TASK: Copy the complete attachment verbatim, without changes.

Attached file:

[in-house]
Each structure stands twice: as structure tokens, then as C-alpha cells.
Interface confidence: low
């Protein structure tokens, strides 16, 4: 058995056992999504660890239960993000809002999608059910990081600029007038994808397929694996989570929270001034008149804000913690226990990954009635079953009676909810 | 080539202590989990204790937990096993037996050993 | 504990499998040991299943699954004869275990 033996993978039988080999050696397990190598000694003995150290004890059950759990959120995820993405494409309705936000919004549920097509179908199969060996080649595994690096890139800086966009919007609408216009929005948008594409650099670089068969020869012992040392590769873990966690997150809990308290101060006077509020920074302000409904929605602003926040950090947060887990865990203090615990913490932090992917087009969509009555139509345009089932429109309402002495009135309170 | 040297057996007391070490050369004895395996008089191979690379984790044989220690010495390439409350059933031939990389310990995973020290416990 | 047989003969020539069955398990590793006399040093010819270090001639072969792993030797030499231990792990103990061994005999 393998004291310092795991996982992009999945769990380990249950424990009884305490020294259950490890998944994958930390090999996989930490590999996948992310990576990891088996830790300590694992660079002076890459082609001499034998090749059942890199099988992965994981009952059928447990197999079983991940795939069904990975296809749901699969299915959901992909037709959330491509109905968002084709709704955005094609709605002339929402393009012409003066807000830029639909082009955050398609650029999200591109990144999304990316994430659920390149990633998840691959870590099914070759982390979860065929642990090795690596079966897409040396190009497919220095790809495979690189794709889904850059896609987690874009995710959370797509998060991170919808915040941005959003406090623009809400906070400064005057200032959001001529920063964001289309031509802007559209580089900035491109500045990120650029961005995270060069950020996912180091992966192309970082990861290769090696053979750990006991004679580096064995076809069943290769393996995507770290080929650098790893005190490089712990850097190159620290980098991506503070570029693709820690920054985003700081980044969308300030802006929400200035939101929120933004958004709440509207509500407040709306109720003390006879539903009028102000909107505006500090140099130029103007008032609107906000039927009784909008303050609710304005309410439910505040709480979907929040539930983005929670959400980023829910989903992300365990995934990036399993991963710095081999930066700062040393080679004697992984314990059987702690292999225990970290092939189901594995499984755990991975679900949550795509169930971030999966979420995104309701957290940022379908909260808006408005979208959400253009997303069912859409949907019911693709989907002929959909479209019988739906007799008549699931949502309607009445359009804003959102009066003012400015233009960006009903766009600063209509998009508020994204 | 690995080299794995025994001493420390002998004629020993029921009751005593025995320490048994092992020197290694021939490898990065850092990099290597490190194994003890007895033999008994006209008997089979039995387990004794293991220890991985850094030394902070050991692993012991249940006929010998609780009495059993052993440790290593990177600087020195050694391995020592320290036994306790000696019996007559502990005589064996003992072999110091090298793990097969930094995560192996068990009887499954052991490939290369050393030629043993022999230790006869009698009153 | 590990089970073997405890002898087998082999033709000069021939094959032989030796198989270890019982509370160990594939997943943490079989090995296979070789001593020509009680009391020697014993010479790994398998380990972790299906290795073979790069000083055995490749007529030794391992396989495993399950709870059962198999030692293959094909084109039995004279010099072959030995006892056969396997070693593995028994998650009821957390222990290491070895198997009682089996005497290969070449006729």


[in-house]
Each structure stands twice: as structure tokens, then as C-alpha cells.
Interface confidence: low
């Protein structure tokens, strides 16, 4: 058995056992999504660890239960993000809002999608059910990081600029007038994808397929694996989570929270001034008149804000913690226990990954009635079953009676909810 | 080539202590989990204790937990096993037996050993 | 504990499998040991299943699954004869275990 033996993978039988080999050696397990190598000694003995150290004890059950759990959120995820993405494409309705936000919004549920097509179908199969060996080649595994690096890139800086966009919007609408216009929005948008594409650099670089068969020869012992040392590769873990966690997150809990308290101060006077509020920074302000409904929605602003926040950090947060887990865990203090615990913490932090992917087009969509009555139509345009089932429109309402002495009135309170 | 040297057996007391070490050369004895395996008089191979690379984790044989220690010495390439409350059933031939990389310990995973020290416990 | 047989003969020539069955398990590793006399040093010819270090001639072969792993030797030499231990792990103990061994005999 393998004291310092795991996982992009999945769990380990249950424990009884305490020294259950490890998944994958930390090999996989930490590999996948992310990576990891088996830790300590694992660079002076890459082609001499034998090749059942890199099988992965994981009952059928447990197999079983991940795939069904990975296809749901699969299915959901992909037709959330491509109905968002084709709704955005094609709605002339929402393009012409003066807000830029639909082009955050398609650029999200591109990144999304990316994430659920390149990633998840691959870590099914070759982390979860065929642990090795690596079966897409040396190009497919220095790809495979690189794709889904850059896609987690874009995710959370797509998060991170919808915040941005959003406090623009809400906070400064005057200032959001001529920063964001289309031509802007559209580089900035491109500045990120650029961005995270060069950020996912180091992966192309970082990861290769090696053979750990006991004679580096064995076809069943290769393996995507770290080929650098790893005190490089712990850097190159620290980098991506503070570029693709820690920054985003700081980044969308300030802006929400200035939101929120933004958004709440509207509500407040709306109720003390006879539903009028102000909107505006500090140099130029103007008032609107906000039927009784909008303050609710304005309410439910505040709480979907929040539930983005929670959400980023829910989903992300365990995934990036399993991963710095081999930066700062040393080679004697992984314990059987702690292999225990970290092939189901594995499984755990991975679900949550795509169930971030999966979420995104309701957290940022379908909260808006408005979208959400253009997303069912859409949907019911693709989907002929959909479209019988739906007799008549699931949502309607009445359009804003959102009066003012400015233009960006009903766009600063209509998009508020994204 | 690995080299794995025994001493420390002998004629020993029921009751005593025995320490048994092992020197290694021939490898990065850092990099290597490190194994003890007895033999008994006209008997089979039995387990004794293991220890991985850094030394902070050991692993012991249940006929010998609780009495059993052993440790290593990177600087020195050694391995020592320290036994306790000696019996007559502990005589064996003992072999110091090298793990097969930094995560192996068990009887499954052991490939290369050393030629043993022999230790006869009698009153 | 590990089970073997405890002898087998082999033709000069021939094959032989030796198989270890019982509370160990594939997943943490079989090995296979070789001593020509009680009391020697014993010479790994398998380990972790299906290795073979790069000083055995490749007529030794391992396989495993399950709870059962198999030692293959094909084109039995004279010099072959030995006892056969396997070693593995028994998650009821957390222990290491070895198997009682089996005497290969070449006729």